adit, in mining, underground passage excavated nearly horizontally, with one end open to the earth's surface, usually used to service a mine. The adit end is the furthermost end from the surface, i.e., the location where miners work. The adit collar is the area where an adit opens to the surface and must be reinforced against any surface weakness.
An adit is a type of entrance to an underground mine which is horizontal or nearly horizontal. Adits are usually built into the side of a hill or mountain, and often occur when a measure of coal or an ore body is located inside the mountain but above the adjacent valley floor or coastal plain. The use of adits is generally called drift mining.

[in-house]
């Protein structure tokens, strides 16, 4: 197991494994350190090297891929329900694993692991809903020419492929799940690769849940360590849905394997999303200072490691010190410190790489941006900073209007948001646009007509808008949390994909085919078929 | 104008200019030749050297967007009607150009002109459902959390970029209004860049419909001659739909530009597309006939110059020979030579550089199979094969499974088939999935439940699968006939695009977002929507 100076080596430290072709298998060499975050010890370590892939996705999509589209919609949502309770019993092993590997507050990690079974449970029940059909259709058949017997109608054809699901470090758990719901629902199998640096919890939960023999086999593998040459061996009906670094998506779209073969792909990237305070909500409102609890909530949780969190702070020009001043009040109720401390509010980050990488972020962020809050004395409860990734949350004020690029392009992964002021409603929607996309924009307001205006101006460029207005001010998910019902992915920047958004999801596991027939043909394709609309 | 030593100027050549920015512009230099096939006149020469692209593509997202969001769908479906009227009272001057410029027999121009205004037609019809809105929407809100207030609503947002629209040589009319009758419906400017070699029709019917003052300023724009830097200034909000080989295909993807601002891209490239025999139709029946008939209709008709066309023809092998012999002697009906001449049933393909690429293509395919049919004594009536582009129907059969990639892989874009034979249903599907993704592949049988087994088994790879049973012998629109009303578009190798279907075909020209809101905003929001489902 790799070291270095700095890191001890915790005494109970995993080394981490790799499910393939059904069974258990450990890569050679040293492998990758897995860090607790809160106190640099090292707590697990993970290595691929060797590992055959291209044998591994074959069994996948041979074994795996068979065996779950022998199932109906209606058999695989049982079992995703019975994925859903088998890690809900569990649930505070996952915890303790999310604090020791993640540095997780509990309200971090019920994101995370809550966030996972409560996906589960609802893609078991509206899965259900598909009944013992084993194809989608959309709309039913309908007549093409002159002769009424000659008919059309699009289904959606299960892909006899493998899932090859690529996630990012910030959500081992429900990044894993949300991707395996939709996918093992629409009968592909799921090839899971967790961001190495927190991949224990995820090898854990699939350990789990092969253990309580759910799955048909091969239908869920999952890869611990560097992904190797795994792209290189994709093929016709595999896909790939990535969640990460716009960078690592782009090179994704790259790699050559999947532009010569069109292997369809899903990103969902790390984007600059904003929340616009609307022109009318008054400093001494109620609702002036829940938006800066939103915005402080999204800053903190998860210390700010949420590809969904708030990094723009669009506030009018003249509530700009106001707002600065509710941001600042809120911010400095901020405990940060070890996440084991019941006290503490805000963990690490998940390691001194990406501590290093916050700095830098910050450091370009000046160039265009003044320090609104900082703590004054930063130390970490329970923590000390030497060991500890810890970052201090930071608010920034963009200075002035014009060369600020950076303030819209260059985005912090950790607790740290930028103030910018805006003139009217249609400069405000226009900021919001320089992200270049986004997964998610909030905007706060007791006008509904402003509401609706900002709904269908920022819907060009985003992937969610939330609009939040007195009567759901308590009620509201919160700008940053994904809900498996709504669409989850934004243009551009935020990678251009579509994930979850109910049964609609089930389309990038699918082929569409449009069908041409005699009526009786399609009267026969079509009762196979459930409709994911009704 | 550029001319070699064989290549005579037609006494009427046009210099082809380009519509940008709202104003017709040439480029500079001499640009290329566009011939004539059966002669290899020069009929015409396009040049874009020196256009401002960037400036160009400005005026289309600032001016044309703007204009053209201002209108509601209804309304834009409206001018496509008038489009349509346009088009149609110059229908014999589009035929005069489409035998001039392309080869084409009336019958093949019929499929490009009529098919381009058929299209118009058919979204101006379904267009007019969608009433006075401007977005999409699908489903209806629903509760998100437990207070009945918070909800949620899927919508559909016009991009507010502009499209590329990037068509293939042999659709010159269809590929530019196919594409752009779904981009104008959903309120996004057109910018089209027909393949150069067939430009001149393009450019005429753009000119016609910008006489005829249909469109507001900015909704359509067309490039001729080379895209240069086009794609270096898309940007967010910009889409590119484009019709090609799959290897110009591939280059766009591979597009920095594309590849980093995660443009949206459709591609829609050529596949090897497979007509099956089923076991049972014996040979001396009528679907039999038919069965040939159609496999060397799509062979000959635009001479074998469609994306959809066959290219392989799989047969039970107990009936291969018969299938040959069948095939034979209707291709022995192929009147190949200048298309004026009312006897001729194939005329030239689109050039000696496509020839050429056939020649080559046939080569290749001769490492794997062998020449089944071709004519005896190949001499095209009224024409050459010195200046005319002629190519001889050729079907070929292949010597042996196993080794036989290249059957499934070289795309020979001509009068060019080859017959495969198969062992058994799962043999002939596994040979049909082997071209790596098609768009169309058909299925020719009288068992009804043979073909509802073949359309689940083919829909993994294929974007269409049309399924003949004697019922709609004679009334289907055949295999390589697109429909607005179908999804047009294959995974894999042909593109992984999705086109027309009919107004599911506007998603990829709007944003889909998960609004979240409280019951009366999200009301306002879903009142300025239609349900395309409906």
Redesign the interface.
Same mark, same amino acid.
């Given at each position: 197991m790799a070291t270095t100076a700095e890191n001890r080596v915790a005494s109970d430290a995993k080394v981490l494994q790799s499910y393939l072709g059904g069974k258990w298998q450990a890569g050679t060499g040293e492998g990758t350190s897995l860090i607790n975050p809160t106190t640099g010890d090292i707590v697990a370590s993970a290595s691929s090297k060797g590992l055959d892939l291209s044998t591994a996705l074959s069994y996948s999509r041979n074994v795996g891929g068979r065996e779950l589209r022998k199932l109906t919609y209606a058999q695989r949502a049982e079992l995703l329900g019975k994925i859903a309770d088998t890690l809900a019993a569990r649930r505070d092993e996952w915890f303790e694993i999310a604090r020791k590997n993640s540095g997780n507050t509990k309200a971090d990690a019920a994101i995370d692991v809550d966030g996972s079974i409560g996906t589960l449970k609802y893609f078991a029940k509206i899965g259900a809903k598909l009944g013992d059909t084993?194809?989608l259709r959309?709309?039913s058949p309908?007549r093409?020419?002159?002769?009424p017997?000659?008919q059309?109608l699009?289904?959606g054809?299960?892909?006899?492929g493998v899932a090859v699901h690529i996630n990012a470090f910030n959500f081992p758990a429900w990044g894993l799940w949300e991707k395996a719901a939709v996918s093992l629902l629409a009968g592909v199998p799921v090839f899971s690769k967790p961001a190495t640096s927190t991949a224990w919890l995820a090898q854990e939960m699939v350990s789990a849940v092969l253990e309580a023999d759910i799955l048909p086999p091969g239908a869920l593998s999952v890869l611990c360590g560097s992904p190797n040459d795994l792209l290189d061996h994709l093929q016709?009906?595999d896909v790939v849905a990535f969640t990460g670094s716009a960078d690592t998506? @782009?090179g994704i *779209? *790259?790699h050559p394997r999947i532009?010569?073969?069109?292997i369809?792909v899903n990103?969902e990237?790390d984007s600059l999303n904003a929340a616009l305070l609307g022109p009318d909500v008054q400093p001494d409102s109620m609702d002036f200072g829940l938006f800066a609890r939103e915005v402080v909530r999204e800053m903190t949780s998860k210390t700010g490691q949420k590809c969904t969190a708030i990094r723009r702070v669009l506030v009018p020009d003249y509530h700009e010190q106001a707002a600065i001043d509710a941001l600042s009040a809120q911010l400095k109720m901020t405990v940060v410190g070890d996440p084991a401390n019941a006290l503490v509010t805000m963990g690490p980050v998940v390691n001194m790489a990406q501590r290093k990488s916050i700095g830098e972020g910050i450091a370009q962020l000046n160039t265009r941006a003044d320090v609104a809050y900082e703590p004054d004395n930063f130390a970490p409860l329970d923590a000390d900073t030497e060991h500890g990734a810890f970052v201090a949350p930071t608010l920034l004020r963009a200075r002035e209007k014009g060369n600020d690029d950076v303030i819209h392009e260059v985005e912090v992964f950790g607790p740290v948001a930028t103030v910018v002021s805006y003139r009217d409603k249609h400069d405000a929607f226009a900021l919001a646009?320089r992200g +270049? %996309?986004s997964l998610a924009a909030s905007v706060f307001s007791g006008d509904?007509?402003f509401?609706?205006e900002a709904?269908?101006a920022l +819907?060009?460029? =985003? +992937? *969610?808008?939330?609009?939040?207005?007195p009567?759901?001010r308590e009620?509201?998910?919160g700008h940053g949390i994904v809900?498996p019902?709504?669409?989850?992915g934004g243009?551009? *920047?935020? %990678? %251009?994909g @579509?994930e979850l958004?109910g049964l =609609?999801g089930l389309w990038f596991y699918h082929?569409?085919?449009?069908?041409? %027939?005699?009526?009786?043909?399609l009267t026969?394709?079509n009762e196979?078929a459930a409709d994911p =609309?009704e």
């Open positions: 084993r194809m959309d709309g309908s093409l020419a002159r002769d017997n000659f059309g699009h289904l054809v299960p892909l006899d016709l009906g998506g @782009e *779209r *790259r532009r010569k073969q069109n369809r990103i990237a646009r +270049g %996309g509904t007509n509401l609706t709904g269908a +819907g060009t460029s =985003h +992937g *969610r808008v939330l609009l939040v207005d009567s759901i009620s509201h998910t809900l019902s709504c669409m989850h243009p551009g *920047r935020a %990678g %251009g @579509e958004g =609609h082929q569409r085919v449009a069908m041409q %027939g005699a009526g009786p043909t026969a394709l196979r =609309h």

Adits have many advantages over conventional shaft mining with vertical access shafts. Less energy is required to transport miners, horses and heavy equipment into and out of the mine. It is also much easier to transport coal or ore out of the mine. Horizontal travel by means of narrow gauge tramway or cable car is also much safer and can move more people and coal than vertical elevators. In some situations, mines with adits can be drained of water by gravity alone or power-assisted gravity. Further examples of adits include:

  • Blue Hawk Mine near Kelowna, BC, Canada
  • The Snowy Hydro scheme in the Australian Snowy Mountains created during its construction.These adits are very large and used to access the central point from which the hydro tunnels were constructed.


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